3. DON'T pressure yourself to come up with something clever. The fact of the matter is, not all names are created equal when it comes to wedding puns. If one of your last names is Nott, Wring, or Glover, you have some cute options (#AmyandNickTietheNott, #HePutAWringOnIt, #thegLOVErs2015). But if it's Egan or Scizewski, you're going to have a hard time making a cute wedding pun (although for my Bachelorette we did use #LastRodeoBeforeRotio which was genius). At the end of the day, it's just a tool, and you want your guests to use it. It's not going to have any effect on the amazingness of your wedding. Just pick one that works and move on. There are WAY more important things to be creative about (like signature cocktails and day-of stationery!).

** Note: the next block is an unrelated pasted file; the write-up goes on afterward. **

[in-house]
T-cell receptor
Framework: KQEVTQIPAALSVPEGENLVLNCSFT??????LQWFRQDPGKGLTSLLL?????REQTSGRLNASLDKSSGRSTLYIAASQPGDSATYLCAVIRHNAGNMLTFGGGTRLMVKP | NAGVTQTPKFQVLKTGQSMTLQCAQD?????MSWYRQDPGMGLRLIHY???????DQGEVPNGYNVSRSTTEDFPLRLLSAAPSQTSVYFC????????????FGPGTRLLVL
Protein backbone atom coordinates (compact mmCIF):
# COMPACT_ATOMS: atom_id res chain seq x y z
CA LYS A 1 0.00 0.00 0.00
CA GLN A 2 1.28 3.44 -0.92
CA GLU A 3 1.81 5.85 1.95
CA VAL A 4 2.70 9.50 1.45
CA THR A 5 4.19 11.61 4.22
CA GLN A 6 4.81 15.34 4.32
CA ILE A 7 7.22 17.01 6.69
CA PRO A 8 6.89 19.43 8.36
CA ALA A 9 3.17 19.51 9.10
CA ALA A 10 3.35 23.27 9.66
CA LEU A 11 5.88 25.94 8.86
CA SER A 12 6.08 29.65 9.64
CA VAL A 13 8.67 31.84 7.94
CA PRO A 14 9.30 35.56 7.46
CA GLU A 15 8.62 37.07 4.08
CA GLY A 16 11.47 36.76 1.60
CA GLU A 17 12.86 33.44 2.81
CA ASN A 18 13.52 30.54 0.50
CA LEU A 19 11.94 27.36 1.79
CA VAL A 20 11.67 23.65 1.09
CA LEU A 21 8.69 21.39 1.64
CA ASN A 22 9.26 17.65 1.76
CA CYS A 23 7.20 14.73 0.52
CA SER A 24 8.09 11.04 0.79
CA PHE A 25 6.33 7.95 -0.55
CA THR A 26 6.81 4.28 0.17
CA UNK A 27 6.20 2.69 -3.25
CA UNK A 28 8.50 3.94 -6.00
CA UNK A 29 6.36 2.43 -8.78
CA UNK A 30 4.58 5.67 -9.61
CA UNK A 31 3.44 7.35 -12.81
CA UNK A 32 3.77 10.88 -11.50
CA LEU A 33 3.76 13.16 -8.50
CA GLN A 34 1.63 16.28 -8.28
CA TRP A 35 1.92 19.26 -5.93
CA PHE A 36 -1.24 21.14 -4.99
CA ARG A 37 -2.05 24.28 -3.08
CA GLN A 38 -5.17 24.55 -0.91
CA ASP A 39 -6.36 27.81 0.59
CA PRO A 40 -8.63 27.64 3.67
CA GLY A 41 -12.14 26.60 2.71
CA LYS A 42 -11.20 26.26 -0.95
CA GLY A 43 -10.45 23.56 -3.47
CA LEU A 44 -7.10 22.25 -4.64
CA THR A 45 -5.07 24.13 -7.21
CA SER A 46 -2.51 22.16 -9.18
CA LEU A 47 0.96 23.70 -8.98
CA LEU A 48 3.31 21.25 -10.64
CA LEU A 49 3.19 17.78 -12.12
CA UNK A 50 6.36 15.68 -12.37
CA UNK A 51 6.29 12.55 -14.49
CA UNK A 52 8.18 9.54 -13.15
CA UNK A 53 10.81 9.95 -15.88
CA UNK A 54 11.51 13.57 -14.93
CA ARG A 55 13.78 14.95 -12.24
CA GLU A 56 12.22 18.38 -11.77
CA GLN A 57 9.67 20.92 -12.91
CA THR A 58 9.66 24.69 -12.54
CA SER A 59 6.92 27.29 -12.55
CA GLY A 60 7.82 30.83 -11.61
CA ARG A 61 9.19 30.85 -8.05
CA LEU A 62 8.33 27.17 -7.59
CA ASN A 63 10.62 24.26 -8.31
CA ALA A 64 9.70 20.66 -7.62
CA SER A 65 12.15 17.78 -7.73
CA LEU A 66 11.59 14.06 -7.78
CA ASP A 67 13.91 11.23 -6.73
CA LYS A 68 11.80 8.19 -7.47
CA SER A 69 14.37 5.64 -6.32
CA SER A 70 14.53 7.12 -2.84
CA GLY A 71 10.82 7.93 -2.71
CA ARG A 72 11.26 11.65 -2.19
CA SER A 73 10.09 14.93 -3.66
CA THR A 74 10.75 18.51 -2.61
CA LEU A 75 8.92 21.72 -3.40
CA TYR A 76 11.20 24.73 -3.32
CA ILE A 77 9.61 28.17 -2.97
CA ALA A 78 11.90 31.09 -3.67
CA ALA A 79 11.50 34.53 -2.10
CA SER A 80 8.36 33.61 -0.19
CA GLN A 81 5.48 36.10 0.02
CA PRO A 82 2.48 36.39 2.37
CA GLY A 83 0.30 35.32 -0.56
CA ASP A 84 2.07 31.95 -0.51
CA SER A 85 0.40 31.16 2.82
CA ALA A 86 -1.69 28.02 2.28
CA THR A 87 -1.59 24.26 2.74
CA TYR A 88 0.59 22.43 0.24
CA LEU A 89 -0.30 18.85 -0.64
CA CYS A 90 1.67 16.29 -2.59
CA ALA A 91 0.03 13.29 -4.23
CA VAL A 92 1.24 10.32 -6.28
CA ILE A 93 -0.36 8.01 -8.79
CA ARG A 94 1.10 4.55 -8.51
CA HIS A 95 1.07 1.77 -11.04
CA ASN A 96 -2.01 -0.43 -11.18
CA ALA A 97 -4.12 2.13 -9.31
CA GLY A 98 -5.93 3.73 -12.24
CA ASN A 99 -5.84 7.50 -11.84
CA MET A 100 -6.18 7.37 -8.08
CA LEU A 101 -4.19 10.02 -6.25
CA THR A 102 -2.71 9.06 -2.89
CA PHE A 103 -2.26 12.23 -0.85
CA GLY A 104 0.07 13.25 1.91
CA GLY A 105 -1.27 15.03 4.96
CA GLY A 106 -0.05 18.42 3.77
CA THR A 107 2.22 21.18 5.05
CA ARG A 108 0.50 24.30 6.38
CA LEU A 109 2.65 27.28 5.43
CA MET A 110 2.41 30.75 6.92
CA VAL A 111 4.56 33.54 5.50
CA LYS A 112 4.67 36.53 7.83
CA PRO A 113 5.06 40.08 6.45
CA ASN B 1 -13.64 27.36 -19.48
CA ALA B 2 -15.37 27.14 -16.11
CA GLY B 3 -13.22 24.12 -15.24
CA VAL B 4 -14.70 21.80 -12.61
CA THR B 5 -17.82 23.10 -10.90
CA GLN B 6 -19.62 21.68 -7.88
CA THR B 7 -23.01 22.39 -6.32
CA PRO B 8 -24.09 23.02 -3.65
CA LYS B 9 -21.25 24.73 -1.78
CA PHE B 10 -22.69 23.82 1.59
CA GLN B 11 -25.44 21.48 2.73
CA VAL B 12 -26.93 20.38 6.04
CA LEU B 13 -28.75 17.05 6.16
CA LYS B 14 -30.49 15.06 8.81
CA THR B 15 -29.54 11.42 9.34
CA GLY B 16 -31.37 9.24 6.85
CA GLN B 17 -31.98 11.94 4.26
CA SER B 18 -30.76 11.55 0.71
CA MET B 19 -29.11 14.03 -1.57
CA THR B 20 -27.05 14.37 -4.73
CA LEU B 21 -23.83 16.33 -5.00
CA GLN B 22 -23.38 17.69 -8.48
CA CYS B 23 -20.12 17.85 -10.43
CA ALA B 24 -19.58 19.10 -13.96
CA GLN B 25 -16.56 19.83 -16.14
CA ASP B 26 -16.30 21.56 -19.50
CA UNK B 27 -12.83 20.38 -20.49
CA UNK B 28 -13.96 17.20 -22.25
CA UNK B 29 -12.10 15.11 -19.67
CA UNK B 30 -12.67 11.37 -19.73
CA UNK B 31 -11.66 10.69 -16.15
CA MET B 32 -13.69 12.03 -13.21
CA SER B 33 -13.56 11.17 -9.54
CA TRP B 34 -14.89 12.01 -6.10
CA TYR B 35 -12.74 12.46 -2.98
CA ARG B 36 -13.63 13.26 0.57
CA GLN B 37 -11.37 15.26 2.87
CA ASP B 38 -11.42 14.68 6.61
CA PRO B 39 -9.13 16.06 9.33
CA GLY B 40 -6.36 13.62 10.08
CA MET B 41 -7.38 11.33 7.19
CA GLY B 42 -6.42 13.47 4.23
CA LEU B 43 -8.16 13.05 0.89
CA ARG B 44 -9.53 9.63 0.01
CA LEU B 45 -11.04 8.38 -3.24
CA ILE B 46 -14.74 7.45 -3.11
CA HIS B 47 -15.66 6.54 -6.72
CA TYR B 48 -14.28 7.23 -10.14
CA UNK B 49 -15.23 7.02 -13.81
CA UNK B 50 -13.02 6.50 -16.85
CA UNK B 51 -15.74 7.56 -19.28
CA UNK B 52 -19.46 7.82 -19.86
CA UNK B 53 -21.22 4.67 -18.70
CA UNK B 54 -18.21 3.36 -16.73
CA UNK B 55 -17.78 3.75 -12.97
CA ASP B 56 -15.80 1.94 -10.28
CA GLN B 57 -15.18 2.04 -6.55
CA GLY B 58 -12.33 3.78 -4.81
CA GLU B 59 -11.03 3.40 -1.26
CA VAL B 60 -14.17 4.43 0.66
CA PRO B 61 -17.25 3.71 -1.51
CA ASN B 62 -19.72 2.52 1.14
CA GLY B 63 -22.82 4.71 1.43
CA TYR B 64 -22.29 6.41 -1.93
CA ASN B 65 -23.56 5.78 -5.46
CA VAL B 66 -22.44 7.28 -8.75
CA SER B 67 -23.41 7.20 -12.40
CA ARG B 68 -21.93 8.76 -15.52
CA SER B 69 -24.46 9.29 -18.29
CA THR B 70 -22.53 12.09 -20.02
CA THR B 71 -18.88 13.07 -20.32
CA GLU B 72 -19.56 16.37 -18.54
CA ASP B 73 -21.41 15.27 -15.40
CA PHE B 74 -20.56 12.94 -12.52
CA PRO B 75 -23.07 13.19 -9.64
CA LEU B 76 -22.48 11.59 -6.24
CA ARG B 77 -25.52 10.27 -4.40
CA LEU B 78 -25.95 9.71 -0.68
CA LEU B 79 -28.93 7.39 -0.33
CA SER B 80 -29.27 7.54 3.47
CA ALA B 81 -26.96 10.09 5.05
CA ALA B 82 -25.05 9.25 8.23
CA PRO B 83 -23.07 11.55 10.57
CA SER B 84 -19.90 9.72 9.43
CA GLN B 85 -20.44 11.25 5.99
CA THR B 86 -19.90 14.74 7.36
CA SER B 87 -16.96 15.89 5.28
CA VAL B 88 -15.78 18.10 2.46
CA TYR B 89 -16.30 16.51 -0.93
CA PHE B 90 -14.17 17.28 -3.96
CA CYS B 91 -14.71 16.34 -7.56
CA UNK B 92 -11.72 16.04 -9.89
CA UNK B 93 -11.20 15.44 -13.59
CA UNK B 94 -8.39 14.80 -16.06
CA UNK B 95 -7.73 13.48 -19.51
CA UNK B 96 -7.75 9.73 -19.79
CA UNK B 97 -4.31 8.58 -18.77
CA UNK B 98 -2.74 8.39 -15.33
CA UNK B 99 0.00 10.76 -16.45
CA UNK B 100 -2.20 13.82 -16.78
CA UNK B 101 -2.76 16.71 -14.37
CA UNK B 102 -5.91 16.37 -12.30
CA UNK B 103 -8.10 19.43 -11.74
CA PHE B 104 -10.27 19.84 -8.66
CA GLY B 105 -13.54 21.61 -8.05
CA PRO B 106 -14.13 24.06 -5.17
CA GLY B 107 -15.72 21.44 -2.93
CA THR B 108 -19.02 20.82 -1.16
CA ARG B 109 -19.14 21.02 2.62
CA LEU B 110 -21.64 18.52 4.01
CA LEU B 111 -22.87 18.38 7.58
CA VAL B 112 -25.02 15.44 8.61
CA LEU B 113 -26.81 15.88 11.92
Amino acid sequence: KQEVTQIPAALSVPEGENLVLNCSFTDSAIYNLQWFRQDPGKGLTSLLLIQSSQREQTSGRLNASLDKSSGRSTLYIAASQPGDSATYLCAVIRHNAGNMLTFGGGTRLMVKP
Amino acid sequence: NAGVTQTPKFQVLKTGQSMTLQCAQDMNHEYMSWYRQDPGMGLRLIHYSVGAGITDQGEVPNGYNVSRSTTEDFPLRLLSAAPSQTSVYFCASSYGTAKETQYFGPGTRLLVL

4. DO make sure you let your guests know what you've picked! These days, many young wedding guests who use social media hashtags will ask around to see if there is an "official" hashtag before they post any content. If there isn't one that's been publicized, they'll make up their own (may times leading to the #mattandashley predicament). If you want a successful hashtag, it should be clearly communicated to your guests. If you make it a point to ask your guests to use a hashtag, this will also encourage people who don't normally tag their posts to tag the ones from your weekend, making your collection bigger and better. Including the hashtag on your wedding stationery is a great way to let your guests know. It could go at the bottom of an informal ceremony program, on a welcome note for hotel guests or on a small sign on the bar or the guestbook table. You can even create a #hashtag tutorial like the one we included in our welcome note to our guests: